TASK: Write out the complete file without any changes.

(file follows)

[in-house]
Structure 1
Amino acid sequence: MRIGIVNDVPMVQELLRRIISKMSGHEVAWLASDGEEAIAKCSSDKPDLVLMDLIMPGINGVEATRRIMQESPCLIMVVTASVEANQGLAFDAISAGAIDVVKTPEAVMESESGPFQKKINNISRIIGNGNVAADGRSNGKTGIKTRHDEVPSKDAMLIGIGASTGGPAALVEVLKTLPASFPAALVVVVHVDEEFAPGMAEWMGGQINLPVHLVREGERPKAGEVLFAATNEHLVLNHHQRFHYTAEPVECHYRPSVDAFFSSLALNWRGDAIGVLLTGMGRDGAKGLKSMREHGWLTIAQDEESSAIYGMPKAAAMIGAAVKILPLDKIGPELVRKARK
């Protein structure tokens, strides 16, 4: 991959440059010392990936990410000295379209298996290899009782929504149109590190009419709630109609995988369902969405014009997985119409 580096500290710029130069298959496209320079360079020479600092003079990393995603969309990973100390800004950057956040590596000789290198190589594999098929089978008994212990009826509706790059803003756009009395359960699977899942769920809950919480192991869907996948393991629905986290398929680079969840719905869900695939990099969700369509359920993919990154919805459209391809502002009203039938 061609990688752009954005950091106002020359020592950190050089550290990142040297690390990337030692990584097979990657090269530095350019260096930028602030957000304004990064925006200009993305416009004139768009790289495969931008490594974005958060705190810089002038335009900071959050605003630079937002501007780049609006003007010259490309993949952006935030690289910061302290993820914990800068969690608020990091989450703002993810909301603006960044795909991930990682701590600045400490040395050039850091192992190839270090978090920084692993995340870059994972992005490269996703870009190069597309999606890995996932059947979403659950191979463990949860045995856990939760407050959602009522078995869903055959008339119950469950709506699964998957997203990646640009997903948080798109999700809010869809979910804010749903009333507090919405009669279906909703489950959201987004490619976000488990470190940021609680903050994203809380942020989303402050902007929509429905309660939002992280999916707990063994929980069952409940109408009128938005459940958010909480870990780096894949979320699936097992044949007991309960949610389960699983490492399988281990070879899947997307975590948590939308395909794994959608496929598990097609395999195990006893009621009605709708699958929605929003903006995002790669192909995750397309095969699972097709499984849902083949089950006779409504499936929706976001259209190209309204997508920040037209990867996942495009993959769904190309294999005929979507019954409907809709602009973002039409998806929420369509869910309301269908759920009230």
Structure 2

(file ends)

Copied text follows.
[in-house]
Structure 1
Amino acid sequence: MRIGIVNDVPMVQELLRRIISKMSGHEVAWLASDGEEAIAKCSSDKPDLVLMDLIMPGINGVEATRRIMQESPCLIMVVTASVEANQGLAFDAISAGAIDVVKTPEAVMESESGPFQKKINNISRIIGNGNVAADGRSNGKTGIKTRHDEVPSKDAMLIGIGASTGGPAALVEVLKTLPASFPAALVVVVHVDEEFAPGMAEWMGGQINLPVHLVREGERPKAGEVLFAATNEHLVLNHHQRFHYTAEPVECHYRPSVDAFFSSLALNWRGDAIGVLLTGMGRDGAKGLKSMREHGWLTIAQDEESSAIYGMPKAAAMIGAAVKILPLDKIGPELVRKARK
């Protein structure tokens, strides 16, 4: 991959440059010392990936990410000295379209298996290899009782929504149109590190009419709630109609995988369902969405014009997985119409 580096500290710029130069298959496209320079360079020479600092003079990393995603969309990973100390800004950057956040590596000789290198190589594999098929089978008994212990009826509706790059803003756009009395359960699977899942769920809950919480192991869907996948393991629905986290398929680079969840719905869900695939990099969700369509359920993919990154919805459209391809502002009203039938 061609990688752009954005950091106002020359020592950190050089550290990142040297690390990337030692990584097979990657090269530095350019260096930028602030957000304004990064925006200009993305416009004139768009790289495969931008490594974005958060705190810089002038335009900071959050605003630079937002501007780049609006003007010259490309993949952006935030690289910061302290993820914990800068969690608020990091989450703002993810909301603006960044795909991930990682701590600045400490040395050039850091192992190839270090978090920084692993995340870059994972992005490269996703870009190069597309999606890995996932059947979403659950191979463990949860045995856990939760407050959602009522078995869903055959008339119950469950709506699964998957997203990646640009997903948080798109999700809010869809979910804010749903009333507090919405009669279906909703489950959201987004490619976000488990470190940021609680903050994203809380942020989303402050902007929509429905309660939002992280999916707990063994929980069952409940109408009128938005459940958010909480870990780096894949979320699936097992044949007991309960949610389960699983490492399988281990070879899947997307975590948590939308395909794994959608496929598990097609395999195990006893009621009605709708699958929605929003903006995002790669192909995750397309095969699972097709499984849902083949089950006779409504499936929706976001259209190209309204997508920040037209990867996942495009993959769904190309294999005929979507019954409907809709602009973002039409998806929420369509869910309301269908759920009230």
Structure 2